Compared with traditional exercise tests, cardiopulmonary exercise testing (CPET) provides a thorough assessment of exercise integrative physiology involving the pulmonary, cardiovascular, muscular, and cellular oxidative systems. Due to the prognostic ability of key variables, CPET applications in cardiology have grown impressively to include all forms of exercise intolerance, with a predominant focus on heart failure with reduced or with preserved ejection fraction. As impaired cardiac output and peripheral oxygen diffusion are the main determinants of the abnormal functional response in cardiac patients, invasive CPET has gained new popularity, especially for diagnosing early heart failure with preserved ejection fraction and exercise-induced pulmonary hypertension. The most impactful advance has recently come from the introduction of CPET combined with echocardiography or CPET imaging, which provides basic information regarding cardiac and valve morphology and function. This review highlights modern CPET use as a single or combined test that allows the pathophysiological bases of exercise limitation to be translated, quite easily, into clinical practice.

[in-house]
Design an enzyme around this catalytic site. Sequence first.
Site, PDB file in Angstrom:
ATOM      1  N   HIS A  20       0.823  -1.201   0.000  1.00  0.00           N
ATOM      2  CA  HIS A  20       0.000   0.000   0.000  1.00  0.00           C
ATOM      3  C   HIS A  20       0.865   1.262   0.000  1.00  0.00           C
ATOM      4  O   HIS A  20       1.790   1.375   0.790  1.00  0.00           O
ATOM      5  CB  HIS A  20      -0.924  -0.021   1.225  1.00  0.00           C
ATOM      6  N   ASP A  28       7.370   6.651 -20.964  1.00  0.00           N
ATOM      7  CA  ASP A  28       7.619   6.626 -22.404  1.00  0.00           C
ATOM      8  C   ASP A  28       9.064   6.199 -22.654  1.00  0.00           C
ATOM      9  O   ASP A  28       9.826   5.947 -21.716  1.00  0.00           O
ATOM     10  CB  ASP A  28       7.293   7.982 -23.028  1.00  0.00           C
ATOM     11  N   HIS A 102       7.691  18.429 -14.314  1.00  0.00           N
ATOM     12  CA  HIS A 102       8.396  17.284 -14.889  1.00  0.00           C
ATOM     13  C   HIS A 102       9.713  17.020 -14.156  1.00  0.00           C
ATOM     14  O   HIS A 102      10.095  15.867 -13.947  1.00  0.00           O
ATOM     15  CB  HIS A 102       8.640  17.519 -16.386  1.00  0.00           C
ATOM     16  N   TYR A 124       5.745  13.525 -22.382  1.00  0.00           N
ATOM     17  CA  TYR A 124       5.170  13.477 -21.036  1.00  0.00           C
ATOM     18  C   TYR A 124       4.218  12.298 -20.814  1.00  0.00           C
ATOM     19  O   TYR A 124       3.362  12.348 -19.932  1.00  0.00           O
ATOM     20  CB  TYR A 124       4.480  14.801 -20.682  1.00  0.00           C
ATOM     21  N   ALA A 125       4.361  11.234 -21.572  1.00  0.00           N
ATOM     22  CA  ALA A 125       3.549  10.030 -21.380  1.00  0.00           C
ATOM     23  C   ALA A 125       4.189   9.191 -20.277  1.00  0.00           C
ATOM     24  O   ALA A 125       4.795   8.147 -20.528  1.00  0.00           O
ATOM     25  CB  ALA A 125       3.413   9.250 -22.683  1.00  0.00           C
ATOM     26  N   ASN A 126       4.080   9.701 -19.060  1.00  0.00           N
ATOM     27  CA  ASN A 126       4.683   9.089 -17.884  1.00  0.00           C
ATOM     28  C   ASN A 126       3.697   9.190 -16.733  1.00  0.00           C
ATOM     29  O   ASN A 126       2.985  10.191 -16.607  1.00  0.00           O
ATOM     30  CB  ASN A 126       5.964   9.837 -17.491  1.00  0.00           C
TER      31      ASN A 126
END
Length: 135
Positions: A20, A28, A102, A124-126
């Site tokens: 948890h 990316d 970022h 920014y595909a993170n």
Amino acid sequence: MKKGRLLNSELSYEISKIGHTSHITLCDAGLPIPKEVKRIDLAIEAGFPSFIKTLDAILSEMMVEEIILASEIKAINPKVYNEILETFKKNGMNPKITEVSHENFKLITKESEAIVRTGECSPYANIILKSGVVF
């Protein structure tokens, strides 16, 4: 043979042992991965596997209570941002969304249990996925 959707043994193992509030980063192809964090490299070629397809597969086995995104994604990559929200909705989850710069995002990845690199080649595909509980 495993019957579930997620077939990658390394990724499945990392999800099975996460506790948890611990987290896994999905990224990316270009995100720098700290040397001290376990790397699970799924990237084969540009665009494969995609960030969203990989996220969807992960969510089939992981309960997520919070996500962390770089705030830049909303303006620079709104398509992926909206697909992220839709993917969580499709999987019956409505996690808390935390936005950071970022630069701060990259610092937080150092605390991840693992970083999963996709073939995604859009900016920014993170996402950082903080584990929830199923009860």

- gas exchange analysis
- heart failure
- oxygen consumption
ASJC Scopus subject areas
- Cardiology and Cardiovascular Medicine